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Cervical cancer in woman, 23, went undiagnosed after GP failed in duty of care

A GP admitted she had failed in a duty of care after a 23-year-old woman’s cervical cancer went undiagnosed.

Posted on 03 April 2023

Amy Russell, of Manchester, brought a claim against her GP after she discovered two years later that she had cancer. However by this time the disease was much more advanced and meant extensive surgery.

Amy first went to her GP when she was concerned about some unusual bleeding she was experiencing between her periods and after having sex.  Her GP carried out a smear test. 

However, as Amy was only 23 at the time she was too young to be part of the national cervical cancer screening programme which starts when a woman is 25.

As a result, Amy’s cervical smear sample was destroyed without being looked at.  Somewhat surprisingly, this is in line with guidelines.  However, Amy’s GP had a responsibility to tell her the smear test had not been analysed, but didn’t.

Distressingly, if the sample had been analysed it would have shown early cancer cell changes and allowed Amy to undergo non-invasive and entirely curative treatment. 

Instead, Amy’s cervical cancer was only diagnosed when she was 25 and could be part of the national screening programme.  As a result of this delay, the cancer was more advanced and Amy had to undergo more extensive surgery which has impacted her day to day life.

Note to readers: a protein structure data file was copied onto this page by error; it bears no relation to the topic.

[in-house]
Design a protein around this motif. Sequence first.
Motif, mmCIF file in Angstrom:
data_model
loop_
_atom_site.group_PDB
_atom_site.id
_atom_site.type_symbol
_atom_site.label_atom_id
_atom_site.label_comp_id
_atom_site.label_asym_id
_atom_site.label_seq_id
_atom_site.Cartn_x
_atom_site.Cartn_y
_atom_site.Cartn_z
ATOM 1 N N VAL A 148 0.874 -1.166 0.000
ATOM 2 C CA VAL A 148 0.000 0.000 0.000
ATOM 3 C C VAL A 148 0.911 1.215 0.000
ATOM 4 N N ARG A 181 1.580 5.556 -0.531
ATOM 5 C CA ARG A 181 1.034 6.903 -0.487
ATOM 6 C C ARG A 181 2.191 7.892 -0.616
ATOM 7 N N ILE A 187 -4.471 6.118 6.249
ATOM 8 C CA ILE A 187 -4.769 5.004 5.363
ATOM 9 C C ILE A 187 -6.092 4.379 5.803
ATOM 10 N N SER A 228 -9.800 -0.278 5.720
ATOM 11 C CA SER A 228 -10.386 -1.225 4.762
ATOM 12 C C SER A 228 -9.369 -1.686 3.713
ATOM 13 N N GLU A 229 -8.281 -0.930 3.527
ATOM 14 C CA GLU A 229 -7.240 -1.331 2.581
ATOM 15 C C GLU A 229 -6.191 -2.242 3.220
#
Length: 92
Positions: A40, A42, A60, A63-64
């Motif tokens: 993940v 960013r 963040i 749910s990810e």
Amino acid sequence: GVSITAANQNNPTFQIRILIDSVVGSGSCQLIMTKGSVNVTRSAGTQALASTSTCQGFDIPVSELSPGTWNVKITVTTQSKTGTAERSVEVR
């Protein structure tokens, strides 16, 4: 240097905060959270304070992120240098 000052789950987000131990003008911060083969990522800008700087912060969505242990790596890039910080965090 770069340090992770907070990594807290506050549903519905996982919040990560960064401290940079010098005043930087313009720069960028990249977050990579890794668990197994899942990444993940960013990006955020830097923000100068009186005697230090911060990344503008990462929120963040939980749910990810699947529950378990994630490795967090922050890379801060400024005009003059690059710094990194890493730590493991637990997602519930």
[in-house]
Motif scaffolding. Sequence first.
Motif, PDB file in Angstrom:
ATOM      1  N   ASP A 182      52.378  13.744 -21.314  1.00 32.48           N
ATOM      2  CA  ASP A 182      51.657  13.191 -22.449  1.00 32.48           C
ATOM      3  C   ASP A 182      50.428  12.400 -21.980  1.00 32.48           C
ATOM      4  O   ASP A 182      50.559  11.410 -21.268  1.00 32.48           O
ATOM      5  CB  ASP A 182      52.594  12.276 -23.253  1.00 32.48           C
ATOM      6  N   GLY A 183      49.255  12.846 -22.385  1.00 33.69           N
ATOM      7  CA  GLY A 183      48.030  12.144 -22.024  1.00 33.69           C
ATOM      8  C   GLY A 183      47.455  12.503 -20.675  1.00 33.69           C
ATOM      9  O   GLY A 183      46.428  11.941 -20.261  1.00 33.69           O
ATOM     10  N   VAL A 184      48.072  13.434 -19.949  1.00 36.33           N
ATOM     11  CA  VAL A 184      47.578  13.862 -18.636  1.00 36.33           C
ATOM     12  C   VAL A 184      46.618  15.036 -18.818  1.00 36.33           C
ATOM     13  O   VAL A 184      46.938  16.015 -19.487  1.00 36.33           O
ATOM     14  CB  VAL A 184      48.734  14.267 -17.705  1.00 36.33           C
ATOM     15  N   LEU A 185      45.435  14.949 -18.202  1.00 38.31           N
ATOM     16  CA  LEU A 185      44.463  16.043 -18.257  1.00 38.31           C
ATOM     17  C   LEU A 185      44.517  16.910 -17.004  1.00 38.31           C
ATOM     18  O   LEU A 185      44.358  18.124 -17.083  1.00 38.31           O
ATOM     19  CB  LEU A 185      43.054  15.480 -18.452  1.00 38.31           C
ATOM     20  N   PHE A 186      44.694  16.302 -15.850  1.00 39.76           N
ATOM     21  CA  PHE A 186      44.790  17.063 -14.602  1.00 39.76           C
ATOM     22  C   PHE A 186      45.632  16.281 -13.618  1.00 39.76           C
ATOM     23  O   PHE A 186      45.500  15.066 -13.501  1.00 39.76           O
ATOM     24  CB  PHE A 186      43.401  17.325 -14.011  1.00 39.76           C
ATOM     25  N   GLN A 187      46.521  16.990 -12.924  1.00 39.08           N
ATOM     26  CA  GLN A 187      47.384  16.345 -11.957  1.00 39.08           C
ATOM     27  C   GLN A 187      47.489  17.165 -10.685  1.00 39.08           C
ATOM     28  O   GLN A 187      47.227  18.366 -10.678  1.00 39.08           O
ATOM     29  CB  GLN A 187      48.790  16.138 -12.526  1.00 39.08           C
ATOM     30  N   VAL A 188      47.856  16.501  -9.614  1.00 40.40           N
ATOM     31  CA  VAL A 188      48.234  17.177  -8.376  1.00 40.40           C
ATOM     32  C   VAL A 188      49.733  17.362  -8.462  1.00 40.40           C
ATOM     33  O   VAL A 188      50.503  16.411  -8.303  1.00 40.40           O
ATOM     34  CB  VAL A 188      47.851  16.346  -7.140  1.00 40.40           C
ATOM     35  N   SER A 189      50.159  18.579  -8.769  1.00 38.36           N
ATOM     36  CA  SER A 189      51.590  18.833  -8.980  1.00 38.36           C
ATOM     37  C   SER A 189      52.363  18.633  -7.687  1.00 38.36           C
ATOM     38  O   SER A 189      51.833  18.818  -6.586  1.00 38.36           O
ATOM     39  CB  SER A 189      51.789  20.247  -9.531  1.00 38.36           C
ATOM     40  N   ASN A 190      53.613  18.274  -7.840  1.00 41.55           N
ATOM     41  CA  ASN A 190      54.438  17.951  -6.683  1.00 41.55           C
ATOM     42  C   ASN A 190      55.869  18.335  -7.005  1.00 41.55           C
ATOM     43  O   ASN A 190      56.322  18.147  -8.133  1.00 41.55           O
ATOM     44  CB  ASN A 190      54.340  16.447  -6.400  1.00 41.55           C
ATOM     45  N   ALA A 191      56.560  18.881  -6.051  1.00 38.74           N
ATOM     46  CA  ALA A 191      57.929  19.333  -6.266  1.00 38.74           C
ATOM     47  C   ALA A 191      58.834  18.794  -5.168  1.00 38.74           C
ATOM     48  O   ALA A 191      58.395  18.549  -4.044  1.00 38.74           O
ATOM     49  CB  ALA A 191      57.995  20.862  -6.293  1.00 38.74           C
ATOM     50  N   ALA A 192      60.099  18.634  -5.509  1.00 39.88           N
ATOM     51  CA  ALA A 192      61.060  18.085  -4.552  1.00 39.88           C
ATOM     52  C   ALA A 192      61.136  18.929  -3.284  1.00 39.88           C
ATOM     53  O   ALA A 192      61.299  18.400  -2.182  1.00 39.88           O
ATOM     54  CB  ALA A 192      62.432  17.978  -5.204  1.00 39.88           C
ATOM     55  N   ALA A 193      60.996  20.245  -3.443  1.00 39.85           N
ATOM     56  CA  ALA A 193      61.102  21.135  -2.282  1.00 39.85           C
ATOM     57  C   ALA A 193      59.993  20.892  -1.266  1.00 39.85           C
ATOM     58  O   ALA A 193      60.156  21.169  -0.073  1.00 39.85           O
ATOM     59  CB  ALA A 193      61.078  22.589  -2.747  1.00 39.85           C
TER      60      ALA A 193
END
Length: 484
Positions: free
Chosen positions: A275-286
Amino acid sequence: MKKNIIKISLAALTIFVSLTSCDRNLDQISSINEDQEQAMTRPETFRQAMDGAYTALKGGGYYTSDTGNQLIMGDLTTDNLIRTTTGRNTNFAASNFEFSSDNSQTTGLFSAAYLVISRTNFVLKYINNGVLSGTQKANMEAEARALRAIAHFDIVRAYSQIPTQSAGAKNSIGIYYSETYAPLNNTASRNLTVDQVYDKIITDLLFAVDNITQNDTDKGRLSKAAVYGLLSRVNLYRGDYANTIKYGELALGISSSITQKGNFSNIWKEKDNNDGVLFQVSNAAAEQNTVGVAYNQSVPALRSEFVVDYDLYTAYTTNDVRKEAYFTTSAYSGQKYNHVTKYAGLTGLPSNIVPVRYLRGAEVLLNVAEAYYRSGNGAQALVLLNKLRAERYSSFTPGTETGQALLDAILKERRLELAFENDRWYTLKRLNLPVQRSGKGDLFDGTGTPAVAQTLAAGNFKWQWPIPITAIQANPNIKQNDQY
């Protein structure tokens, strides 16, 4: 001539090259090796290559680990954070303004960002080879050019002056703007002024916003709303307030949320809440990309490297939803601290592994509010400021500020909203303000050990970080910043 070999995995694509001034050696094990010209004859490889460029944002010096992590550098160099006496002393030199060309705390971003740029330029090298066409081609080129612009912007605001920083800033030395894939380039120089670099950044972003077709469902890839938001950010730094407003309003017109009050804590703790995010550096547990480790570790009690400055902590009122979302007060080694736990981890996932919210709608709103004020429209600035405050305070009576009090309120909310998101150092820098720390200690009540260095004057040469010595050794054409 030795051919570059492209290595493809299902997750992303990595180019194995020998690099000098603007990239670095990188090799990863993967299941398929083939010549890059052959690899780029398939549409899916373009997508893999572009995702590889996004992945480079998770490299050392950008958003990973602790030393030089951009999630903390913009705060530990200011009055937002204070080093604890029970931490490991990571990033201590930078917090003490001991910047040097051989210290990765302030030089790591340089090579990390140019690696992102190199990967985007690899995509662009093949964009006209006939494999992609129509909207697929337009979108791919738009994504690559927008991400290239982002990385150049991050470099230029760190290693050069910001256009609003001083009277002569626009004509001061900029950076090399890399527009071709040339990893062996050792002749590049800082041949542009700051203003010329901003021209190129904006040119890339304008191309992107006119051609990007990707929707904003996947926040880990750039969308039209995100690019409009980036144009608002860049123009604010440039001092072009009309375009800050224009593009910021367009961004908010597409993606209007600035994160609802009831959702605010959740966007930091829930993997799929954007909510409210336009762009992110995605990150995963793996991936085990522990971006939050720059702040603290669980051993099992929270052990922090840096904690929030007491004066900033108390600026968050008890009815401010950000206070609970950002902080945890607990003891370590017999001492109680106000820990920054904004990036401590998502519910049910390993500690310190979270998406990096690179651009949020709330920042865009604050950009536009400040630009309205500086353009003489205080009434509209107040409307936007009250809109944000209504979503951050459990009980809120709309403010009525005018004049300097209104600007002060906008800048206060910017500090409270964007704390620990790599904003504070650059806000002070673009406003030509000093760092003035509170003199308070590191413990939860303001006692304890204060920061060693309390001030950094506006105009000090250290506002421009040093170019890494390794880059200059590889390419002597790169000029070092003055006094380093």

Amy instructed Leigh Day clinical negligence partner Kirsten Wall and Amy’s GP admitted she had failed in the duty of care she owed to Amy.

The claim was settled for a five-figure sum.

Kirsten Wall said:

“Amy was aware from celebrities such as Jade Goody that, although rare, cervical cancer can affect young women and felt she was doing the sensible thing by seeking the advice of her GP. As a result of the GP’s failings, Amy suffered needlessly and had her concerns been followed through, her cervical cancer would have been discovered much sooner and the treatment would have been much less invasive.

“I would encourage all women to trust their instincts and follow up on any medical concerns they have.”

Amy Russell said:

“My experience shows that women should trust their own judgement and if their concerns are not taken seriously by a doctor, always insist on a second opinion. Cervical cancer can prove fatal and thankfully mine was caught in time. However, if my GP had followed through on my concerns, I would not have been through the trauma of discovering that my cancer had advanced and then had to have extensive surgery.”

Kirsten Wall
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Kirsten Wall

Kirsten specialises exclusively in medical negligence claims

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